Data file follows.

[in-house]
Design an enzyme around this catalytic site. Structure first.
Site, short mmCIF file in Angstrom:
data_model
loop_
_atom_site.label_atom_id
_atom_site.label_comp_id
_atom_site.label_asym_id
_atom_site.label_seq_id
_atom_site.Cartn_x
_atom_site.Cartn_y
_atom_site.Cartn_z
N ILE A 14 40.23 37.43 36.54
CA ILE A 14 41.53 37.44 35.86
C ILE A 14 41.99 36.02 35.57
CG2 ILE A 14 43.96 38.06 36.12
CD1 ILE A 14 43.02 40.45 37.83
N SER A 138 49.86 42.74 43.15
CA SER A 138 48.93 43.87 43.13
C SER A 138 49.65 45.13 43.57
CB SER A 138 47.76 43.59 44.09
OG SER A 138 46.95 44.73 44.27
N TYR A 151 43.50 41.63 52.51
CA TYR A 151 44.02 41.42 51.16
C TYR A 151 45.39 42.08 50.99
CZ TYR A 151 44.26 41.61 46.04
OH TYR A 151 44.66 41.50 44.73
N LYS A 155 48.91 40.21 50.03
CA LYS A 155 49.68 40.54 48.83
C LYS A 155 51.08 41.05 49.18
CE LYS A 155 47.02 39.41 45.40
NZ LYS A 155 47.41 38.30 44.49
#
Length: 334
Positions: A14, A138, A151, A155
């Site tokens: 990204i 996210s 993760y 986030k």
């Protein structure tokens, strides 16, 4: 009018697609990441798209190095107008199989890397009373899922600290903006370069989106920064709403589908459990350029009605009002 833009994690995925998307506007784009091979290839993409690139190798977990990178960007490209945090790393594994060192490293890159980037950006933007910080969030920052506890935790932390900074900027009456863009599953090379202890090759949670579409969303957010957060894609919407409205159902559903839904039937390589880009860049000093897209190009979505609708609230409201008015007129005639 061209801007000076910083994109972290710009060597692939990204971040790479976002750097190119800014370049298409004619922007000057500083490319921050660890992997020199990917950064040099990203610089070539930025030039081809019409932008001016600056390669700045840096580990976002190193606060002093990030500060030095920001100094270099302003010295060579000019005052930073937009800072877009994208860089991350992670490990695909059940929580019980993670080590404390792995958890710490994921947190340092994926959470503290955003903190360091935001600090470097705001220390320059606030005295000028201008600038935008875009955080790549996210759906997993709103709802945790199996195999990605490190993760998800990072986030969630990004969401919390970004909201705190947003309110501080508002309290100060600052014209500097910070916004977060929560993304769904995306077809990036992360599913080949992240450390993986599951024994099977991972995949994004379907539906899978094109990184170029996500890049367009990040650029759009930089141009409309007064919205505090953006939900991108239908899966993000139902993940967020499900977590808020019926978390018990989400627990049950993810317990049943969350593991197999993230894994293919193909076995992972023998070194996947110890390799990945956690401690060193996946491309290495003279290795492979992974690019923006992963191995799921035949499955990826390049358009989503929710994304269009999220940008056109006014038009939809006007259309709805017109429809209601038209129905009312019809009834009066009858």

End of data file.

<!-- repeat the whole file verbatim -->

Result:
[in-house]
Design an enzyme around this catalytic site. Structure first.
Site, short mmCIF file in Angstrom:
data_model
loop_
_atom_site.label_atom_id
_atom_site.label_comp_id
_atom_site.label_asym_id
_atom_site.label_seq_id
_atom_site.Cartn_x
_atom_site.Cartn_y
_atom_site.Cartn_z
N ILE A 14 40.23 37.43 36.54
CA ILE A 14 41.53 37.44 35.86
C ILE A 14 41.99 36.02 35.57
CG2 ILE A 14 43.96 38.06 36.12
CD1 ILE A 14 43.02 40.45 37.83
N SER A 138 49.86 42.74 43.15
CA SER A 138 48.93 43.87 43.13
C SER A 138 49.65 45.13 43.57
CB SER A 138 47.76 43.59 44.09
OG SER A 138 46.95 44.73 44.27
N TYR A 151 43.50 41.63 52.51
CA TYR A 151 44.02 41.42 51.16
C TYR A 151 45.39 42.08 50.99
CZ TYR A 151 44.26 41.61 46.04
OH TYR A 151 44.66 41.50 44.73
N LYS A 155 48.91 40.21 50.03
CA LYS A 155 49.68 40.54 48.83
C LYS A 155 51.08 41.05 49.18
CE LYS A 155 47.02 39.41 45.40
NZ LYS A 155 47.41 38.30 44.49
#
Length: 334
Positions: A14, A138, A151, A155
């Site tokens: 990204i 996210s 993760y 986030k």
């Protein structure tokens, strides 16, 4: 009018697609990441798209190095107008199989890397009373899922600290903006370069989106920064709403589908459990350029009605009002 833009994690995925998307506007784009091979290839993409690139190798977990990178960007490209945090790393594994060192490293890159980037950006933007910080969030920052506890935790932390900074900027009456863009599953090379202890090759949670579409969303957010957060894609919407409205159902559903839904039937390589880009860049000093897209190009979505609708609230409201008015007129005639 061209801007000076910083994109972290710009060597692939990204971040790479976002750097190119800014370049298409004619922007000057500083490319921050660890992997020199990917950064040099990203610089070539930025030039081809019409932008001016600056390669700045840096580990976002190193606060002093990030500060030095920001100094270099302003010295060579000019005052930073937009800072877009994208860089991350992670490990695909059940929580019980993670080590404390792995958890710490994921947190340092994926959470503290955003903190360091935001600090470097705001220390320059606030005295000028201008600038935008875009955080790549996210759906997993709103709802945790199996195999990605490190993760998800990072986030969630990004969401919390970004909201705190947003309110501080508002309290100060600052014209500097910070916004977060929560993304769904995306077809990036992360599913080949992240450390993986599951024994099977991972995949994004379907539906899978094109990184170029996500890049367009990040650029759009930089141009409309007064919205505090953006939900991108239908899966993000139902993940967020499900977590808020019926978390018990989400627990049950993810317990049943969350593991197999993230894994293919193909076995992972023998070194996947110890390799990945956690401690060193996946491309290495003279290795492979992974690019923006992963191995799921035949499955990826390049358009989503929710994304269009999220940008056109006014038009939809006007259309709805017109429809209601038209129905009312019809009834009066009858």